If Youth Knew, If Age Could 7 — The Nature of Nature in the Nature of Time
Dr. Herb Silverman is the Founder of the Secular Coalition for America, the Founder of the Secular Humanists of the Lowcountry, and the Founder of the Atheist/Humanist Alliance student group at the College of Charleston. He authored Complex variables (1975), Candidate Without a Prayer: An Autobiography of a Jewish Atheist in the Bible Belt (2012) and An Atheist Stranger in a Strange Religious Land: Selected Writings from the Bible Belt (2017). He co-authored The Fundamentals of Extremism: The Christian Right in America (2003) with Kimberley Blaker and Edward S. Buckner, Complex Variables with Applications (2007) with Saminathan Ponnusamy, and Short Reflections on Secularism (2019), and Short Reflections on American Secularism’s History and Philosophy (2020).
Here we talk about the time of our lives and in life.
Scott Douglas Jacobsen: How does the perception of time change — ahem — over time? When it comes to this particular realization, how does this change the subjective perception of others of a younger cohort in terms of their experience of the passing of time? What seems like the nature of nature in the nature of changing perceptions of time? Why is a life plan important — at some point, eventually — for the integration of one’s youthful past with their middle and later years of — in normal circumstances — expected lifespan?
Dr. Herb Silverman: Your questions make me think of “September Song,” which begins, “Oh, it’s a long, long while from May to December, but the days grow short when you reach September.” The song is a metaphor for one year serving as a person’s life span from birth to death. (If you want to hear the song on YouTube, I recommend the Willie Nelson version.)
Our perceptions of time do change as we age. When I was young a day seemed quite long, but now, at 77, when night comes I wonder why the day has seemed so short. I’m happy to still be here and I plan to make each of my remaining days meaningful. I feel that I have so much to do and so little time. I’m fortunate to have a life partner like Sharon, which brings me to more lyrics from the September Song, “Oh, the days dwindle down to a precious few. September, November. And these few precious days, I’ll spend with you. These precious days, I’ll spend with you.”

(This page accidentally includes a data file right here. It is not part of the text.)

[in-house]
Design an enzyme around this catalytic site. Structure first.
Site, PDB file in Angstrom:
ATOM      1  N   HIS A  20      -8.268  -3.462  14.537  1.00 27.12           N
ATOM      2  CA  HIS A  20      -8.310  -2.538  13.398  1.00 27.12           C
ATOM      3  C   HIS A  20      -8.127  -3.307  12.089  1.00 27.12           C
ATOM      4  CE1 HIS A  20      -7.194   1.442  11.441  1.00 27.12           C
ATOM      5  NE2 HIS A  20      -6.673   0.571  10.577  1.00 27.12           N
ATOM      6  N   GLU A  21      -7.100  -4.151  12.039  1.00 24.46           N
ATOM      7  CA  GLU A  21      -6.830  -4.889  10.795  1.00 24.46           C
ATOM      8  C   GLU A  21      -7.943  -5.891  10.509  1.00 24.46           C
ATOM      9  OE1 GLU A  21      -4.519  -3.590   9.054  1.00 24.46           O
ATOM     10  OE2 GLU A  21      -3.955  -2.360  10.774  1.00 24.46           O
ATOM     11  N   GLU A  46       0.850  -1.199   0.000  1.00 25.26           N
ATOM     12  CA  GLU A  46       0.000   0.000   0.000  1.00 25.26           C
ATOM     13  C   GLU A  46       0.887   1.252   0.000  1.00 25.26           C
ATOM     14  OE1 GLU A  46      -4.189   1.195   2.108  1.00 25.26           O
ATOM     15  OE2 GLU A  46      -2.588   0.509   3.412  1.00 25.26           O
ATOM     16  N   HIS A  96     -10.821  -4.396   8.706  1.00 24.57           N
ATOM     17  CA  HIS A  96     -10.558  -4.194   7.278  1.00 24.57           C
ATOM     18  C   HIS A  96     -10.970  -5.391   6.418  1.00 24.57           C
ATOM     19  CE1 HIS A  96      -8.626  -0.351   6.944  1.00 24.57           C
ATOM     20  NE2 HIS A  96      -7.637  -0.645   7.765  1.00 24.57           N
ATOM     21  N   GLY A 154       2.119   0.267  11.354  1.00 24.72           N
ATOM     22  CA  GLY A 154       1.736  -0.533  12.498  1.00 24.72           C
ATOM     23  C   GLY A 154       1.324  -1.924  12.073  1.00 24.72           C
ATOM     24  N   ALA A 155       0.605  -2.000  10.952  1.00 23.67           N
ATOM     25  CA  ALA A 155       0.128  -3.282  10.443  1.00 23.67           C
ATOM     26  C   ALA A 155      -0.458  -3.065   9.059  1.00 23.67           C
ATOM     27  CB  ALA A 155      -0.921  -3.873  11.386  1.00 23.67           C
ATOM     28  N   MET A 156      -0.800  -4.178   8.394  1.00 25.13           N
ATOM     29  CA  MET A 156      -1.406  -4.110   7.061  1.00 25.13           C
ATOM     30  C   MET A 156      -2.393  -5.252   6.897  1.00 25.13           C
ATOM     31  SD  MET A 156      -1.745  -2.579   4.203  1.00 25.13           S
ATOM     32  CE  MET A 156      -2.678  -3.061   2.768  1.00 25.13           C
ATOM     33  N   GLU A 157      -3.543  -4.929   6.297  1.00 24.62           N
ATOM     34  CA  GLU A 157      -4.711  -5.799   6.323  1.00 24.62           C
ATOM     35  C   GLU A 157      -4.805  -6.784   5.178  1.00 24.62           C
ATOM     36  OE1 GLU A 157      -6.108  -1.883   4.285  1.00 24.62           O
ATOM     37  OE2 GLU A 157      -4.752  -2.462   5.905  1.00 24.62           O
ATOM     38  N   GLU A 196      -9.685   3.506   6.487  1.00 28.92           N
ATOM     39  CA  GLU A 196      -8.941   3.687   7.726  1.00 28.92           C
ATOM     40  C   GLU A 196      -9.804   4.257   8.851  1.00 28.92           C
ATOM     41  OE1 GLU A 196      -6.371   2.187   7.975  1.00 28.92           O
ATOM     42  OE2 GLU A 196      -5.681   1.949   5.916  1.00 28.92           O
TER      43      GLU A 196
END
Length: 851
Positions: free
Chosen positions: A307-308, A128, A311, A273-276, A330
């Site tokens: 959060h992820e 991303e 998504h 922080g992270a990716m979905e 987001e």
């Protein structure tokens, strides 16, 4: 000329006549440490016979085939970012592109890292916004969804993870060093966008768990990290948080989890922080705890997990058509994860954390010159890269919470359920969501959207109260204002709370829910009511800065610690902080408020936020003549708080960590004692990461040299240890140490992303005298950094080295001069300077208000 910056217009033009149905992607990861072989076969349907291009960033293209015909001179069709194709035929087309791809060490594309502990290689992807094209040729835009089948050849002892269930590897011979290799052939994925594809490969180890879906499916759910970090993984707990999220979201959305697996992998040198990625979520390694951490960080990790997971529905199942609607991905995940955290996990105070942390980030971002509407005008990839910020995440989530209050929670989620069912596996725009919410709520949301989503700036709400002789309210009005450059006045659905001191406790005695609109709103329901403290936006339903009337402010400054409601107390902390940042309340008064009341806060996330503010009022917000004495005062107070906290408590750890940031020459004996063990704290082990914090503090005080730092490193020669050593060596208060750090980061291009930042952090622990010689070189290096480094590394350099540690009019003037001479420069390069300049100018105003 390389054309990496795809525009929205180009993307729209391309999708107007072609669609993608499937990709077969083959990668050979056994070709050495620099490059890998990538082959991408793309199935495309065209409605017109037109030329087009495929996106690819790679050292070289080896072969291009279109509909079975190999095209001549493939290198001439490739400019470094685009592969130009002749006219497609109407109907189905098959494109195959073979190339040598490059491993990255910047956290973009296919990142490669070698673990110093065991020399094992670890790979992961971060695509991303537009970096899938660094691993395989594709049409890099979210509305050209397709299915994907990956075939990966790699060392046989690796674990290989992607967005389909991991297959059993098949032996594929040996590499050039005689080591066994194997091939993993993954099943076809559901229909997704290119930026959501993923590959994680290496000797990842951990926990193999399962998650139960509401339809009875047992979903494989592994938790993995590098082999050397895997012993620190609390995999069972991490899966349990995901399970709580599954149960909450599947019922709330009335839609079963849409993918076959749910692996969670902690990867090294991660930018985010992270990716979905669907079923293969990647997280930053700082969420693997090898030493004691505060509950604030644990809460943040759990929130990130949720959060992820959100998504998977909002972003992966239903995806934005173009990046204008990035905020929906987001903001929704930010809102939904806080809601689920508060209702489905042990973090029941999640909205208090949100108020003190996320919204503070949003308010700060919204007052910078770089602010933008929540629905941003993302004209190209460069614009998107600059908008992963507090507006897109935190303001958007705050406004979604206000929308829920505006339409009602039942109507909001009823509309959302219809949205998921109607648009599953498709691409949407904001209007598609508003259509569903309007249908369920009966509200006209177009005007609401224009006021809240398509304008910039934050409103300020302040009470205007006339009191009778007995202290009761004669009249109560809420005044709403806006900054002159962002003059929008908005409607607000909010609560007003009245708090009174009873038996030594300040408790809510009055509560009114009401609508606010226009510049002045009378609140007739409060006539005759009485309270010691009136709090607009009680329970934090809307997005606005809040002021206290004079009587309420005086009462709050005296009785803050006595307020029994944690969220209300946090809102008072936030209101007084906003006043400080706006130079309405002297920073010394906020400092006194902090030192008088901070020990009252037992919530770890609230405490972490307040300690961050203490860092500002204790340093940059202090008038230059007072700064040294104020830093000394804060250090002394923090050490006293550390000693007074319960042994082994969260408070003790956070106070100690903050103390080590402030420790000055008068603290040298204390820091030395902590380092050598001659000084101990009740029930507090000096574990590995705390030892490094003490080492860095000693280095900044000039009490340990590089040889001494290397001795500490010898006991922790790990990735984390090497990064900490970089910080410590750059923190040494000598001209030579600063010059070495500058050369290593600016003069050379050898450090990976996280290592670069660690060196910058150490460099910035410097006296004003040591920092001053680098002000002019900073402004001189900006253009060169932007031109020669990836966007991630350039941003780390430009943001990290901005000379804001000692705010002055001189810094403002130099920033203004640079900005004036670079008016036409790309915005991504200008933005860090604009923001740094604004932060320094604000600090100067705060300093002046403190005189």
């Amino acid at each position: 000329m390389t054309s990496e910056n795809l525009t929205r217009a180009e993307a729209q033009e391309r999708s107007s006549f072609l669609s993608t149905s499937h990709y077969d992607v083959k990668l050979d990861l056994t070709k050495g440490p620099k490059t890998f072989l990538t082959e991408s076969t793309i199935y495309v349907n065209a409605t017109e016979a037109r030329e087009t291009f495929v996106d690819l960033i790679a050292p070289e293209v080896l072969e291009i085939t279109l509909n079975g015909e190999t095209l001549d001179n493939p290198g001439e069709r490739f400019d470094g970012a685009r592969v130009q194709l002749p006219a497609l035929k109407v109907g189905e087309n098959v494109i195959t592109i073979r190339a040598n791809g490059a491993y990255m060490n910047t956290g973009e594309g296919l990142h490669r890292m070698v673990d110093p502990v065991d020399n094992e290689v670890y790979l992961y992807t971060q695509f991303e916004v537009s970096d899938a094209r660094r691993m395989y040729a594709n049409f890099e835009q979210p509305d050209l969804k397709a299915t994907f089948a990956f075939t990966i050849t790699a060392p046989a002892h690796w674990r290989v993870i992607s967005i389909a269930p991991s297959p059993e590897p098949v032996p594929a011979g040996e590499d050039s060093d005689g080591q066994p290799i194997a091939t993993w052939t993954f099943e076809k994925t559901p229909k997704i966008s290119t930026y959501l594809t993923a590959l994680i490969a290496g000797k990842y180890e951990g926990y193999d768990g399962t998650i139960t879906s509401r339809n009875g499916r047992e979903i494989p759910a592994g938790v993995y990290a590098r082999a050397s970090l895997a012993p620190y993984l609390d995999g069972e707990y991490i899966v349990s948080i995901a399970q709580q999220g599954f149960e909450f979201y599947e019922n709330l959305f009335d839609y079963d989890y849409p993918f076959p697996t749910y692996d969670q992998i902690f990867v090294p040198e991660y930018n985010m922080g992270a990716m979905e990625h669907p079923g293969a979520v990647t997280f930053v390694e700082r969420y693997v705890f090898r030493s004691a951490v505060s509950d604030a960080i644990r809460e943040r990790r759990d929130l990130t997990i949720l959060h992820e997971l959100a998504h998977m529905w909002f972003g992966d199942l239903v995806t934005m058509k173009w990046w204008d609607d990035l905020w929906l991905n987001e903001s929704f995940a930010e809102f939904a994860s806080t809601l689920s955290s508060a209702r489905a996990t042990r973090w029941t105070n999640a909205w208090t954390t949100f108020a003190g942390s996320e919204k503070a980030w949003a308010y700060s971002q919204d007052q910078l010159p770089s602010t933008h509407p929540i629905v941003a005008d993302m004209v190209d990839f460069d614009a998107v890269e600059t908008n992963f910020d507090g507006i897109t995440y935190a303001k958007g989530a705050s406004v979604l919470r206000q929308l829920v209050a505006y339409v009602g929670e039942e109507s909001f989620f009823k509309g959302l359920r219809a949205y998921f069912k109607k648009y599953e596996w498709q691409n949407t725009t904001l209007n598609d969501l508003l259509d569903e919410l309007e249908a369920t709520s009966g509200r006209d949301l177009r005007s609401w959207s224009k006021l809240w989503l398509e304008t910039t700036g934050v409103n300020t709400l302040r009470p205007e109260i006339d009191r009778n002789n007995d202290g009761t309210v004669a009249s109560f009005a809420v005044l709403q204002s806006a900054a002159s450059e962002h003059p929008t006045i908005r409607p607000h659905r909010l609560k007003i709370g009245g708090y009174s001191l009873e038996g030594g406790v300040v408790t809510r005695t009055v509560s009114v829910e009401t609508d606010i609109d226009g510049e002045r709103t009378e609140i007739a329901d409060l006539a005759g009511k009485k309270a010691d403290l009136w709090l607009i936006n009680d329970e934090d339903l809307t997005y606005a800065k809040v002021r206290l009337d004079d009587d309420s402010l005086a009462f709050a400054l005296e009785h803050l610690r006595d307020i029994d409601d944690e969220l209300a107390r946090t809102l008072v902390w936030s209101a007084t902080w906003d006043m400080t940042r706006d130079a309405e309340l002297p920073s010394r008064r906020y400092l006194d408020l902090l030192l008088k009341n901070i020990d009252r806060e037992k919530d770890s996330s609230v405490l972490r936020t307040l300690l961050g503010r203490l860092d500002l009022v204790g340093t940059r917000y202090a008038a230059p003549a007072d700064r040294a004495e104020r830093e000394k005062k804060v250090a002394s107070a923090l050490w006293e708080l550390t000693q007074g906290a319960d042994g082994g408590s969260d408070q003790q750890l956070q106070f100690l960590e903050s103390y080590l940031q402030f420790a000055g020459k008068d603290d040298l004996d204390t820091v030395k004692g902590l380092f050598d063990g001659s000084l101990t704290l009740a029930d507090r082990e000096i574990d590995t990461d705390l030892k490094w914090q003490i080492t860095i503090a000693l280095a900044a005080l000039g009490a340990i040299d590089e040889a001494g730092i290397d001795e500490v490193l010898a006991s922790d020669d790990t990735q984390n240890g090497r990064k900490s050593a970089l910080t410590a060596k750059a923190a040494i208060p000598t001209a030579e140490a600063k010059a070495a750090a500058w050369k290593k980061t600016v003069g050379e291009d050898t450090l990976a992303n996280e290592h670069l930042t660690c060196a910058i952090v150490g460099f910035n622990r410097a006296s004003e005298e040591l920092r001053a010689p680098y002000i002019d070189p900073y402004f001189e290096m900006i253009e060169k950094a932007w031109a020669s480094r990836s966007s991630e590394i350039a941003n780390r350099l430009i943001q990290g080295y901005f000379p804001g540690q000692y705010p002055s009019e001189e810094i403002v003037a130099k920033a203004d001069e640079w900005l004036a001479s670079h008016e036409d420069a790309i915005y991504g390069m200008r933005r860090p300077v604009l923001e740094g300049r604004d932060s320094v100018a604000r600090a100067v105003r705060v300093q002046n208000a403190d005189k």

You mention expected lifespan, but that only represents a statistical average. We assume younger people will live many more years than older people, and they should plan accordingly, but one never knows. Some good strategies likely to increase lifespan, whether young or old, include eating healthy, exercising regularly, having close friends, avoiding tobacco, not drinking in excess, reducing stress, regular check-ups, and getting enough sleep. Young people can often get away with ignoring some of these strategies, but it will likely catch up with you later in life and you may regret some of your youthful bad habits.
A life plan is certainly more important for younger people than for older people because it’s a good idea to plan for what is expected to be a long future. Think about what you want to achieve in life and then how to go about accomplishing it. You need to be flexible, because your goals might change. Regardless, getting a good education is important because it will probably provide skills for whatever career path you choose. Education is also helpful when looking for the kind of work you really enjoy, rather than just taking a job to make money.
Engaging politically when you are young can be more beneficial than when you are old, because many of the issues currently being discussed are more likely to affect the young. Presently, the primary issue is climate change, which is affecting people now and will become more problematic in the future. Sixteen-year-old Greta Thunberg from Sweden is a good role model. Other issues in which young people should become active include healthcare, education, religious freedom, immigration, racism, sexism, terrorism, gun safety, and free speech. Oh, and make sure you vote.
If you are young, you should assume you will live for many more years, and plan accordingly. This means doing what you can to prepare for a comfortable retirement. You can think about what hobbies you might want to pursue when you have more leisure time. You also want to have enough money to enjoy a comfortable retirement, which could last a long time if you are healthy and lucky. When I was young, I didn’t really think much about saving for retirement. Fortunately, my academic institutions required that some of my salary be set aside to invest in my retirement. That, along with a pension and social security when I retired, helped to eliminate financial worries for me.
Here’s something we all need to realize: Life is a sexually transmitted disease with a 100% mortality rate. Yes, we are all going to die someday. We are fragile creatures who have been dying from the moment we were born into a universe that has no purpose. There is no purpose of life, so we all need to find purposes in life. There’s no need to delude ourselves into thinking that we will have an afterlife, so we ought to decide what we want to accomplish in this, our one and only, life. Sometimes those choices and their repercussions live longer than we do. We hope to impact future generations in a positive way.
Finally, planning a life is a weighty subject, one worth considering and reconsidering as long as our limited life allows. Also, remember that you need to have fun and enjoy life, and laugh as often as possible.
Jacobsen: Thank you for the opportunity and your time, Dr. Silverman.
Image Credit: Herb Silverman.